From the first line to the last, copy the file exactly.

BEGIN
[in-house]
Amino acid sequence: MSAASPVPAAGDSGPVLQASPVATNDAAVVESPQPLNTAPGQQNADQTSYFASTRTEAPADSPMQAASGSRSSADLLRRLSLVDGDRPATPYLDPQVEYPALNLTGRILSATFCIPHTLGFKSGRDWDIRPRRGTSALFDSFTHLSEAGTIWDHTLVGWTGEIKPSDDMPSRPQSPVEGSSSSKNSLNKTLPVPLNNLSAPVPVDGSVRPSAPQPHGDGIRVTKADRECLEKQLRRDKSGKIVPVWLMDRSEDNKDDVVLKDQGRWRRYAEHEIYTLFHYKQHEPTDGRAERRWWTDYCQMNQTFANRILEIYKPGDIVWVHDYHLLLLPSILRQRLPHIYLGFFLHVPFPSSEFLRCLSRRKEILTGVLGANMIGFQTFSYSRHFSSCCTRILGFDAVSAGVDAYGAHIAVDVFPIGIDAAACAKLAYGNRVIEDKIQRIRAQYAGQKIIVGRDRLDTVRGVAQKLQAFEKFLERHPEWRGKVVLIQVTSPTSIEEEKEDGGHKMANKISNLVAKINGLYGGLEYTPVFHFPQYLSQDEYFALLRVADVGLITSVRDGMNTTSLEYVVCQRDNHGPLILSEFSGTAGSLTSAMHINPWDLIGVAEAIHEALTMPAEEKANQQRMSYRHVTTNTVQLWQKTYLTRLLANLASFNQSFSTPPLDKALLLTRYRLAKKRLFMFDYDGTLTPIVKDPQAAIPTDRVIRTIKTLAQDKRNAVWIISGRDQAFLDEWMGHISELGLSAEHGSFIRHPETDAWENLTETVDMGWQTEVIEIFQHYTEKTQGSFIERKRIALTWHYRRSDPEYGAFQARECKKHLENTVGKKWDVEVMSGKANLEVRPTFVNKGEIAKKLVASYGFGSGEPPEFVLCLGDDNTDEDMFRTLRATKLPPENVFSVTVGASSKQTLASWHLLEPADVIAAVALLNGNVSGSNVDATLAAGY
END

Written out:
[in-house]
Amino acid sequence: MSAASPVPAAGDSGPVLQASPVATNDAAVVESPQPLNTAPGQQNADQTSYFASTRTEAPADSPMQAASGSRSSADLLRRLSLVDGDRPATPYLDPQVEYPALNLTGRILSATFCIPHTLGFKSGRDWDIRPRRGTSALFDSFTHLSEAGTIWDHTLVGWTGEIKPSDDMPSRPQSPVEGSSSSKNSLNKTLPVPLNNLSAPVPVDGSVRPSAPQPHGDGIRVTKADRECLEKQLRRDKSGKIVPVWLMDRSEDNKDDVVLKDQGRWRRYAEHEIYTLFHYKQHEPTDGRAERRWWTDYCQMNQTFANRILEIYKPGDIVWVHDYHLLLLPSILRQRLPHIYLGFFLHVPFPSSEFLRCLSRRKEILTGVLGANMIGFQTFSYSRHFSSCCTRILGFDAVSAGVDAYGAHIAVDVFPIGIDAAACAKLAYGNRVIEDKIQRIRAQYAGQKIIVGRDRLDTVRGVAQKLQAFEKFLERHPEWRGKVVLIQVTSPTSIEEEKEDGGHKMANKISNLVAKINGLYGGLEYTPVFHFPQYLSQDEYFALLRVADVGLITSVRDGMNTTSLEYVVCQRDNHGPLILSEFSGTAGSLTSAMHINPWDLIGVAEAIHEALTMPAEEKANQQRMSYRHVTTNTVQLWQKTYLTRLLANLASFNQSFSTPPLDKALLLTRYRLAKKRLFMFDYDGTLTPIVKDPQAAIPTDRVIRTIKTLAQDKRNAVWIISGRDQAFLDEWMGHISELGLSAEHGSFIRHPETDAWENLTETVDMGWQTEVIEIFQHYTEKTQGSFIERKRIALTWHYRRSDPEYGAFQARECKKHLENTVGKKWDVEVMSGKANLEVRPTFVNKGEIAKKLVASYGFGSGEPPEFVLCLGDDNTDEDMFRTLRATKLPPENVFSVTVGASSKQTLASWHLLEPADVIAAVALLNGNVSGSNVDATLAAGY